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A metagenome-wide association study of gut microbiota in asthma in UK adults

BMC Microbiology201818:114

https://doi.org/10.1186/s12866-018-1257-x

  • Received: 25 February 2018
  • Accepted: 4 September 2018
  • Published:

Abstract

Background

Asthma, one of the most common chronic respiratory disorders, is associated with the hyper-activation of the T-cell subset of adaptive immunity. The gut microbiota may be involved in the development of asthma through the production of short-chain fatty acids (SCFAs), exhibiting modulatory effects on Th. So, we performed a metagenome-wide association study (MWAS) of the fecal microbiota from individuals with asthma and healthy controls. And that was the first case to resolve the relationship between asthma and microbiome among UK adults.

Results

The microbiota of the individuals with asthma consisted of fewer microbial entities than the microbiota of healthy individuals. Faecalibacterium prausnitzii, Sutterella wadsworthensis and Bacteroides stercoris were depleted in cases, whereas Clostridiums with Eggerthella lenta were over-represented in individuals with asthma. Functional analysis shows that the SCFAs might be altered in the microbiota of asthma patients.

Conclusion

In all, the adult human gut microbiome of asthma patients is clearly different from healthy controls. The functional and taxa results showed that the change of asthma patients might related to SCFAs.

Keywords

  • Asthma
  • MWAS
  • Eggerthella lenta
  • Faecalibacterium prausnitzii
  • SCFAs

Background

Asthma is a prevalent chronic respiratory disorder, affecting millions of people globally [1]. Besides several risk alleles associated with asthma have been reported [2], the gut microbiota also acts an essential role in the emergence and development of asthma [3].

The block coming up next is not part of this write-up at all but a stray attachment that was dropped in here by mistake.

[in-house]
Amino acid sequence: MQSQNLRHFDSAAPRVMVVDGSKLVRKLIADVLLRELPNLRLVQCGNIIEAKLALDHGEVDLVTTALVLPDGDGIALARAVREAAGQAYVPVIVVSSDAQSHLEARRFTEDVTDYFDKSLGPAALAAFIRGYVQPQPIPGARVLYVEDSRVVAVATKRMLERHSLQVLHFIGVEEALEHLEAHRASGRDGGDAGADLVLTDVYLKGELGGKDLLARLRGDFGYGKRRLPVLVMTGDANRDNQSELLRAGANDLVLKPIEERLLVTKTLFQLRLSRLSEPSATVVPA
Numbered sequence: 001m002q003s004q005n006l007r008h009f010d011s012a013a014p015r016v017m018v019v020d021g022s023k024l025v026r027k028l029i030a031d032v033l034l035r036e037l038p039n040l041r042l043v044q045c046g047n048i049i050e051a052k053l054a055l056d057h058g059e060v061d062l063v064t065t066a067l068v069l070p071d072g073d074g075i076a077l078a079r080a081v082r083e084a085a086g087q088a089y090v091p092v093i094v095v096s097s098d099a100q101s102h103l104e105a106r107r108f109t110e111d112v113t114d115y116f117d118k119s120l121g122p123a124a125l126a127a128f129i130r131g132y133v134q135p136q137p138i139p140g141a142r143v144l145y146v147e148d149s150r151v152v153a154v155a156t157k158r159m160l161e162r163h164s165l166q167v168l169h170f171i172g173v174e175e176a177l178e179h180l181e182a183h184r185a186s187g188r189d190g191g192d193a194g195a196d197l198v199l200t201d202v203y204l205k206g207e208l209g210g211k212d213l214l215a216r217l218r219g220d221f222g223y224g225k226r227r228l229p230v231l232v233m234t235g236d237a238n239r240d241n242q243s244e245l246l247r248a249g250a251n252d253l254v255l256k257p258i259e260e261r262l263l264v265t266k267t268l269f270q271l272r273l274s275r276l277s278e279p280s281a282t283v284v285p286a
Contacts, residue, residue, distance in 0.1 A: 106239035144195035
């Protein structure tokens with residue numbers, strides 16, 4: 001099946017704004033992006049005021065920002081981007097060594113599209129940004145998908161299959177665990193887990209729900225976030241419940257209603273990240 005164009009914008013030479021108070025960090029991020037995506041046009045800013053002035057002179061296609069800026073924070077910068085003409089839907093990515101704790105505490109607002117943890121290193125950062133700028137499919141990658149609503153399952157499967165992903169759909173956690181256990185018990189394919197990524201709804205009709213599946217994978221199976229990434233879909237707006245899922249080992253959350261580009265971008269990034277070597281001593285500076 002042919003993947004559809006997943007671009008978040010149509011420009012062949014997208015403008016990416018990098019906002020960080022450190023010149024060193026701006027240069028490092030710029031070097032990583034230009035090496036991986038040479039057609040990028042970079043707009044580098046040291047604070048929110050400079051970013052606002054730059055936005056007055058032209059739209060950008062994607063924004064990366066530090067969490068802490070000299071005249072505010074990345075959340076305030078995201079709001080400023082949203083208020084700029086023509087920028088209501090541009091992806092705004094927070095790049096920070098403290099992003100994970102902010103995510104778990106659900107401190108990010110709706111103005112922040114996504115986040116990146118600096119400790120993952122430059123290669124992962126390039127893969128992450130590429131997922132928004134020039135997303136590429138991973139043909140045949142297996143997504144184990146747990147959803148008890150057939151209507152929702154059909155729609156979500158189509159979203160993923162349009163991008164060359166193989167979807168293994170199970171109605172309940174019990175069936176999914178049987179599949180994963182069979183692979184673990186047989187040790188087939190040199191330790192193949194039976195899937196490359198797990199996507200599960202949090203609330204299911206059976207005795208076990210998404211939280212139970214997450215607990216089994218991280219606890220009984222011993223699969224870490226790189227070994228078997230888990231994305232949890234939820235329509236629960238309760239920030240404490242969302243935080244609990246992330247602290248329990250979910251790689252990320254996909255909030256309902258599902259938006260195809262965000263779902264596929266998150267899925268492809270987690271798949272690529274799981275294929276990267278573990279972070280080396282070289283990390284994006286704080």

The gut microbiota influences metabolic and immune homeostasis [4, 5]. This symbiotic relationship is related to diverse host physiological functions [6]. It is conventionally believed that asthma is associated with the over-activation of the T-cell subset arm of adaptive immunity characterized as the up-regulation of the pro-inflammatory T-cell subset activity [3, 7]. And the microbiome possibly influences the T-cell populations through the microbe-derived short-chain fatty acids (SCFAs), which can regulate T cell activity and further affect asthma [8]. As the metabolic balance of SCFAs depends on the symbiosis of microbiota, an impaired gut micro-ecosystem might be involved in the development of asthma [9]. This idea is supported by the emerging evidence from the study on the microbiota of neonates who subsequently develop asthma during childhood [10], and yet, little is known on association between gut microbiota and asthma in adults.

Here, we present the results of the analysis on the metagenomic data of 36 asthma patients and 185 healthy controls selected from a former study [11]. We identify meta-genomic species (MGSs) [12] characteristic of asthma, and the differentially enriched Gut metabolic modules (GMMs) [13] between asthma and control samples, which revealed an association of altered short chain fatty acid metabolism with asthma.

Results

Global alterations of the gut microbiome in asthma